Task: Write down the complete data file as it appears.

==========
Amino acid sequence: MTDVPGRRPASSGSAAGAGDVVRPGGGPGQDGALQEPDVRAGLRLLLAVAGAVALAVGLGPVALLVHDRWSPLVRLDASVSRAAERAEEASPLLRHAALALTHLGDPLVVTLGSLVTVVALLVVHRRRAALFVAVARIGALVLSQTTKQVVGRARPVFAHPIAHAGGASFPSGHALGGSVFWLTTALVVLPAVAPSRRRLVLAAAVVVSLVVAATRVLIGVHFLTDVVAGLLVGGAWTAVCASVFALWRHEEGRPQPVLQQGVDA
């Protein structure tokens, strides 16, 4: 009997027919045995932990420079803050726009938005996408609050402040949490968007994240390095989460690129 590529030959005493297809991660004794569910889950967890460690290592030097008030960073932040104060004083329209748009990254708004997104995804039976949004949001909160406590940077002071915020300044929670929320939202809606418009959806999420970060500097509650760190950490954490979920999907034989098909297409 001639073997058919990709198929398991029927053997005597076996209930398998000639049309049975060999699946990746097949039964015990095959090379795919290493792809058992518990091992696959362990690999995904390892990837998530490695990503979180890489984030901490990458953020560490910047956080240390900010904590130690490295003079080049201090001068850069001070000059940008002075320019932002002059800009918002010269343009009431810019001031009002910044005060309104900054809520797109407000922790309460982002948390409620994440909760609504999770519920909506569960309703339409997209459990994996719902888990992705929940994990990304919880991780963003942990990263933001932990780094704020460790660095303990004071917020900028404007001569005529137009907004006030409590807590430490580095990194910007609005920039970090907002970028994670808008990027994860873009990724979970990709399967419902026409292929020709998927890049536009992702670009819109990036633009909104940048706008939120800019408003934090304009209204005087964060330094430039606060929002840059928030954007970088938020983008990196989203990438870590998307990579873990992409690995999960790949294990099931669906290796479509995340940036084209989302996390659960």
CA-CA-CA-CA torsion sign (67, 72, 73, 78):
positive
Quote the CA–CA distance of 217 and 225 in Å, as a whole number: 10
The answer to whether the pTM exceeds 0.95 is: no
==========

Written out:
Amino acid sequence: MTDVPGRRPASSGSAAGAGDVVRPGGGPGQDGALQEPDVRAGLRLLLAVAGAVALAVGLGPVALLVHDRWSPLVRLDASVSRAAERAEEASPLLRHAALALTHLGDPLVVTLGSLVTVVALLVVHRRRAALFVAVARIGALVLSQTTKQVVGRARPVFAHPIAHAGGASFPSGHALGGSVFWLTTALVVLPAVAPSRRRLVLAAAVVVSLVVAATRVLIGVHFLTDVVAGLLVGGAWTAVCASVFALWRHEEGRPQPVLQQGVDA
């Protein structure tokens, strides 16, 4: 009997027919045995932990420079803050726009938005996408609050402040949490968007994240390095989460690129 590529030959005493297809991660004794569910889950967890460690290592030097008030960073932040104060004083329209748009990254708004997104995804039976949004949001909160406590940077002071915020300044929670929320939202809606418009959806999420970060500097509650760190950490954490979920999907034989098909297409 001639073997058919990709198929398991029927053997005597076996209930398998000639049309049975060999699946990746097949039964015990095959090379795919290493792809058992518990091992696959362990690999995904390892990837998530490695990503979180890489984030901490990458953020560490910047956080240390900010904590130690490295003079080049201090001068850069001070000059940008002075320019932002002059800009918002010269343009009431810019001031009002910044005060309104900054809520797109407000922790309460982002948390409620994440909760609504999770519920909506569960309703339409997209459990994996719902888990992705929940994990990304919880991780963003942990990263933001932990780094704020460790660095303990004071917020900028404007001569005529137009907004006030409590807590430490580095990194910007609005920039970090907002970028994670808008990027994860873009990724979970990709399967419902026409292929020709998927890049536009992702670009819109990036633009909104940048706008939120800019408003934090304009209204005087964060330094430039606060929002840059928030954007970088938020983008990196989203990438870590998307990579873990992409690995999960790949294990099931669906290796479509995340940036084209989302996390659960």
CA-CA-CA-CA torsion sign (67, 72, 73, 78):
positive
Quote the CA–CA distance of 217 and 225 in Å, as a whole number: 10
The answer to whether the pTM exceeds 0.95 is: no